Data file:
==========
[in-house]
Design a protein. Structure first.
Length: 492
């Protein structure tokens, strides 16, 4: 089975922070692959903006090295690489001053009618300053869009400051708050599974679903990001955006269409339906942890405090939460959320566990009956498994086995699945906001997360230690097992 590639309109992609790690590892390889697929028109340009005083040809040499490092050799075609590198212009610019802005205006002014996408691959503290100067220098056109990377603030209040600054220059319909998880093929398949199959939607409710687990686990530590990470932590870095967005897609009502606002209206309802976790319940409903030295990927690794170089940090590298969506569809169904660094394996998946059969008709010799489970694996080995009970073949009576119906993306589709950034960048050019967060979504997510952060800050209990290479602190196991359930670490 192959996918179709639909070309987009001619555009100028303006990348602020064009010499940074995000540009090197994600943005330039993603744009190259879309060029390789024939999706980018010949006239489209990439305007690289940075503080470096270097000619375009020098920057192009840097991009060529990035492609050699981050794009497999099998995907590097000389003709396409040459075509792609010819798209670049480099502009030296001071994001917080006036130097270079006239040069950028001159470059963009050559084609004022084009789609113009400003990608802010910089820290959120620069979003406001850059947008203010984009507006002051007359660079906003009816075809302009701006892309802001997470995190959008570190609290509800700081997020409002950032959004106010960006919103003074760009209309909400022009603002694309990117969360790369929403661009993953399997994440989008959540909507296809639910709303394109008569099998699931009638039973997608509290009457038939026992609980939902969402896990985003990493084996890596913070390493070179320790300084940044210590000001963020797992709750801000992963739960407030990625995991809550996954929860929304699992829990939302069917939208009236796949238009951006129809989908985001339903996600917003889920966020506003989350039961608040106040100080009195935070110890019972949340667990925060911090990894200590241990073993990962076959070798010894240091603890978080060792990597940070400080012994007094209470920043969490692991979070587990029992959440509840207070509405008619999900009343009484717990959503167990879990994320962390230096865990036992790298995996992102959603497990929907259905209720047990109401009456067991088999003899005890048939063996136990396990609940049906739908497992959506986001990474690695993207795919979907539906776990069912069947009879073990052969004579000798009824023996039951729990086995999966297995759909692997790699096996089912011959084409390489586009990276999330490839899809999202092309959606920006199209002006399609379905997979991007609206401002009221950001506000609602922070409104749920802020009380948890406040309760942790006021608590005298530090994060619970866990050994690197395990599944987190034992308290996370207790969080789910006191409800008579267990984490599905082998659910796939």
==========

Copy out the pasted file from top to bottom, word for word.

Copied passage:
[in-house]
Design a protein. Structure first.
Length: 492
């Protein structure tokens, strides 16, 4: 089975922070692959903006090295690489001053009618300053869009400051708050599974679903990001955006269409339906942890405090939460959320566990009956498994086995699945906001997360230690097992 590639309109992609790690590892390889697929028109340009005083040809040499490092050799075609590198212009610019802005205006002014996408691959503290100067220098056109990377603030209040600054220059319909998880093929398949199959939607409710687990686990530590990470932590870095967005897609009502606002209206309802976790319940409903030295990927690794170089940090590298969506569809169904660094394996998946059969008709010799489970694996080995009970073949009576119906993306589709950034960048050019967060979504997510952060800050209990290479602190196991359930670490 192959996918179709639909070309987009001619555009100028303006990348602020064009010499940074995000540009090197994600943005330039993603744009190259879309060029390789024939999706980018010949006239489209990439305007690289940075503080470096270097000619375009020098920057192009840097991009060529990035492609050699981050794009497999099998995907590097000389003709396409040459075509792609010819798209670049480099502009030296001071994001917080006036130097270079006239040069950028001159470059963009050559084609004022084009789609113009400003990608802010910089820290959120620069979003406001850059947008203010984009507006002051007359660079906003009816075809302009701006892309802001997470995190959008570190609290509800700081997020409002950032959004106010960006919103003074760009209309909400022009603002694309990117969360790369929403661009993953399997994440989008959540909507296809639910709303394109008569099998699931009638039973997608509290009457038939026992609980939902969402896990985003990493084996890596913070390493070179320790300084940044210590000001963020797992709750801000992963739960407030990625995991809550996954929860929304699992829990939302069917939208009236796949238009951006129809989908985001339903996600917003889920966020506003989350039961608040106040100080009195935070110890019972949340667990925060911090990894200590241990073993990962076959070798010894240091603890978080060792990597940070400080012994007094209470920043969490692991979070587990029992959440509840207070509405008619999900009343009484717990959503167990879990994320962390230096865990036992790298995996992102959603497990929907259905209720047990109401009456067991088999003899005890048939063996136990396990609940049906739908497992959506986001990474690695993207795919979907539906776990069912069947009879073990052969004579000798009824023996039951729990086995999966297995759909692997790699096996089912011959084409390489586009990276999330490839899809999202092309959606920006199209002006399609379905997979991007609206401002009221950001506000609602922070409104749920802020009380948890406040309760942790006021608590005298530090994060619970866990050994690197395990599944987190034992308290996370207790969080789910006191409800008579267990984490599905082998659910796939």